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What Does the Public Know about Economic Policy, and How Does It Know It?

Author

Listed:
  • Author-Name: Alan S. Blinder

    (Princeton University)

  • Alan B. Krueger

    (Princeton University)

Abstract

Public opinion influences politicians, and therefore influences public policy decisions. What are the roles of self-interest, knowledge, and ideology in public opinion formation? And how do people learn about economic issues? Using a new, specially-designed survey, we find that most respondents express a strong desire to be well informed on economic policy issues, and that television is their dominant source of information. On a variety of major policy issues (e.g., taxes, social security, health insurance), ideology is the most important determinant of public opinion, while measures of self-interest are the least important. Knowledge about the economy ranks somewhere in between.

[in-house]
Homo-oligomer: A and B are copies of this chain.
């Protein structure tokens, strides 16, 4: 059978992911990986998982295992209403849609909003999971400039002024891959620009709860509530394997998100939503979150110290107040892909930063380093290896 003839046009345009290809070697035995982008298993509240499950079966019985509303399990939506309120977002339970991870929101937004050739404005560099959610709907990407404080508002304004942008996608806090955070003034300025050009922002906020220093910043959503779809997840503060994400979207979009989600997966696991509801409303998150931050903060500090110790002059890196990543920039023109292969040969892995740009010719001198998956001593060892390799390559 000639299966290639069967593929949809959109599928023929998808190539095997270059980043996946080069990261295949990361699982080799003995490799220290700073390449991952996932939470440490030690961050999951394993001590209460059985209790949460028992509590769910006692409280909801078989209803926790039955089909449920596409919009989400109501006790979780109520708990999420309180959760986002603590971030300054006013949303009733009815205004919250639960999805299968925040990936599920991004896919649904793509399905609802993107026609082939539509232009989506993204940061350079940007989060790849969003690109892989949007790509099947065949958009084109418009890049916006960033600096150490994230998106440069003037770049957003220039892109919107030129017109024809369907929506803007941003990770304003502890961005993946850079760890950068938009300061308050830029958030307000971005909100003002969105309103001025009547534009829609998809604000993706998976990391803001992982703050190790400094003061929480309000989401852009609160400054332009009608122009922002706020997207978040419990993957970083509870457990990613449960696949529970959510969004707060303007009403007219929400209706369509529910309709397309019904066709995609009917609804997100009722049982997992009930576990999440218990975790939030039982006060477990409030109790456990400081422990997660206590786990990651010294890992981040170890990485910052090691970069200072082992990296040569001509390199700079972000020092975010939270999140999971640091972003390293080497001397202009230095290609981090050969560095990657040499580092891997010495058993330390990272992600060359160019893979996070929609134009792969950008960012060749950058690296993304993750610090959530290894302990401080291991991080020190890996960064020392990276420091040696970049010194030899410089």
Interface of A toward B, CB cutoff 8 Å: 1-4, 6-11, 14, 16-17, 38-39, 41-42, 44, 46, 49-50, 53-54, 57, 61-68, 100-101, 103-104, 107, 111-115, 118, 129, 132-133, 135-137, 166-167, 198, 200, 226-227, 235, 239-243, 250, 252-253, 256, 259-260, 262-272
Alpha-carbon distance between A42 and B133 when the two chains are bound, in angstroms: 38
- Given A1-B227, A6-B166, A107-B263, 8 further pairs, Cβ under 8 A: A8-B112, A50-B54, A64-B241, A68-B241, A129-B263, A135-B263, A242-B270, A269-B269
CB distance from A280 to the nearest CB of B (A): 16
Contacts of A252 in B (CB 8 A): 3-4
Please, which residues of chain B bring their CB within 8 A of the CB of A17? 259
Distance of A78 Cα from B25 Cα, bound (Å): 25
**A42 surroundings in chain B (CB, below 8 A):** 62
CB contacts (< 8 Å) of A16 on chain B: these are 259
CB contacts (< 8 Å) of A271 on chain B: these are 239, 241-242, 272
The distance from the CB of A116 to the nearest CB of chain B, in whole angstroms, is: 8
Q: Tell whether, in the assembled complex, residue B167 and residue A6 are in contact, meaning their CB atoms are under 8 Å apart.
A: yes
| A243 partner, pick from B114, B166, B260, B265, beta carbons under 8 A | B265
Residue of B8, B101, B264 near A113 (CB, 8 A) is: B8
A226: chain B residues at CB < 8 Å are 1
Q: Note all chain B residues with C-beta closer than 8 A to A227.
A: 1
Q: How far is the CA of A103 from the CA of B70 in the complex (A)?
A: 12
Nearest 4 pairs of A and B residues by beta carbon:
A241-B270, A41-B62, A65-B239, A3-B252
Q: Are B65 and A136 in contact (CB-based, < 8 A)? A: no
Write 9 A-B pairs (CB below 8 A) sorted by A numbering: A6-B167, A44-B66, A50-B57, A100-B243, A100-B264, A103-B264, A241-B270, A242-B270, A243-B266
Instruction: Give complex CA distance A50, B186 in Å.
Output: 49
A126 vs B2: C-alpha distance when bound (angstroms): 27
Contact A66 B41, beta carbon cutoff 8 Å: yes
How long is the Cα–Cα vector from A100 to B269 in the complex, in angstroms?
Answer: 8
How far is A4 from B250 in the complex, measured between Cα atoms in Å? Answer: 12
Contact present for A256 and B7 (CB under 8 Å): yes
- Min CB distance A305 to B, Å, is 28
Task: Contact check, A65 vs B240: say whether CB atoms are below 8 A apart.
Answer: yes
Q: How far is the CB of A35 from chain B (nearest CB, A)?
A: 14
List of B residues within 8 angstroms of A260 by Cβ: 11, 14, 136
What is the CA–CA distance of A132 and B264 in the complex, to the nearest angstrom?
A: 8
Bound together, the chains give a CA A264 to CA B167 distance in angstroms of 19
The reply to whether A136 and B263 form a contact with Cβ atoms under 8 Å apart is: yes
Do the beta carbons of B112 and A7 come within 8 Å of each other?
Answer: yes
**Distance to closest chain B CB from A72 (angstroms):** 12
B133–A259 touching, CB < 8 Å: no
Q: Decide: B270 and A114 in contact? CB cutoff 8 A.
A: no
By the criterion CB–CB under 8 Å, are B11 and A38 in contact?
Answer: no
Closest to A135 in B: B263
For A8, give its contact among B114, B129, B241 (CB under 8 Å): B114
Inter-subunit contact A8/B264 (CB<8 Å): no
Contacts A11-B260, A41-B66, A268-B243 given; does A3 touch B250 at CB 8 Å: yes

(This abstract was borrowed from another version of this item.)

Suggested Citation

  • Author-Name: Alan S. Blinder & Alan B. Krueger, 2004. "What Does the Public Know about Economic Policy, and How Does It Know It?," Brookings Papers on Economic Activity, Economic Studies Program, The Brookings Institution, vol. 35(1), pages 327-397.
  • Handle: RePEc:bin:bpeajo:v:35:y:2004:i:2004-1:p:327-397
    as

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    References listed on IDEAS

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    More about this item

    Keywords

    macroeconomics; Public; Economic Policy;
    All these keywords.

    JEL classification:

    • D12 - Microeconomics - - Household Behavior - - - Consumer Economics: Empirical Analysis
    • D72 - Microeconomics - - Analysis of Collective Decision-Making - - - Political Processes: Rent-seeking, Lobbying, Elections, Legislatures, and Voting Behavior
    • E60 - Macroeconomics and Monetary Economics - - Macroeconomic Policy, Macroeconomic Aspects of Public Finance, and General Outlook - - - General

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